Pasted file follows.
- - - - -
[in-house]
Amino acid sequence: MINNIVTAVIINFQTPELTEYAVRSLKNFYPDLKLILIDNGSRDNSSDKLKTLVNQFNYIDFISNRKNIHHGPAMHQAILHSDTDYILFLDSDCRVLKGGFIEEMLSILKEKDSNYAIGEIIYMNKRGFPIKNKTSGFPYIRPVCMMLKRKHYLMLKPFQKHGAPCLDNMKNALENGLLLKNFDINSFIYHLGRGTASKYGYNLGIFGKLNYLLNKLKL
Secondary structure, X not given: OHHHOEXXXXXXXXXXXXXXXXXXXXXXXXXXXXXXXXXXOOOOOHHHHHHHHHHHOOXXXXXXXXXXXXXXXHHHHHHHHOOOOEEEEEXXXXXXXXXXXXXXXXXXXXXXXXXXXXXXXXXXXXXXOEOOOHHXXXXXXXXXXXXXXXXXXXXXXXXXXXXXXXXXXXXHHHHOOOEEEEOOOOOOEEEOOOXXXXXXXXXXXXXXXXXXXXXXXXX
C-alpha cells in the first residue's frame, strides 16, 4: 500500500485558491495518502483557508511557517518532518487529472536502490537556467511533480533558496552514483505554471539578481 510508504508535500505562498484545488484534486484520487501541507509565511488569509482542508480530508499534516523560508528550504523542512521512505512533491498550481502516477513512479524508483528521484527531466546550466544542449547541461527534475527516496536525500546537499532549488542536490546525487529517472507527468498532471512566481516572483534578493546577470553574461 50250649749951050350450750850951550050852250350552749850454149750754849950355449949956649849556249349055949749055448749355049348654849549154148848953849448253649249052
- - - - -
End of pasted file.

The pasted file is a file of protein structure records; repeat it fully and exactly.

[in-house]
Amino acid sequence: MINNIVTAVIINFQTPELTEYAVRSLKNFYPDLKLILIDNGSRDNSSDKLKTLVNQFNYIDFISNRKNIHHGPAMHQAILHSDTDYILFLDSDCRVLKGGFIEEMLSILKEKDSNYAIGEIIYMNKRGFPIKNKTSGFPYIRPVCMMLKRKHYLMLKPFQKHGAPCLDNMKNALENGLLLKNFDINSFIYHLGRGTASKYGYNLGIFGKLNYLLNKLKL
Secondary structure, X not given: OHHHOEXXXXXXXXXXXXXXXXXXXXXXXXXXXXXXXXXXOOOOOHHHHHHHHHHHOOXXXXXXXXXXXXXXXHHHHHHHHOOOOEEEEEXXXXXXXXXXXXXXXXXXXXXXXXXXXXXXXXXXXXXXOEOOOHHXXXXXXXXXXXXXXXXXXXXXXXXXXXXXXXXXXXXHHHHOOOEEEEOOOOOOEEEOOOXXXXXXXXXXXXXXXXXXXXXXXXX
C-alpha cells in the first residue's frame, strides 16, 4: 500500500485558491495518502483557508511557517518532518487529472536502490537556467511533480533558496552514483505554471539578481 510508504508535500505562498484545488484534486484520487501541507509565511488569509482542508480530508499534516523560508528550504523542512521512505512533491498550481502516477513512479524508483528521484527531466546550466544542449547541461527534475527516496536525500546537499532549488542536490546525487529517472507527468498532471512566481516572483534578493546577470553574461 50250649749951050350450750850951550050852250350552749850454149750754849950355449949956649849556249349055949749055448749355049348654849549154148848953849448253649249052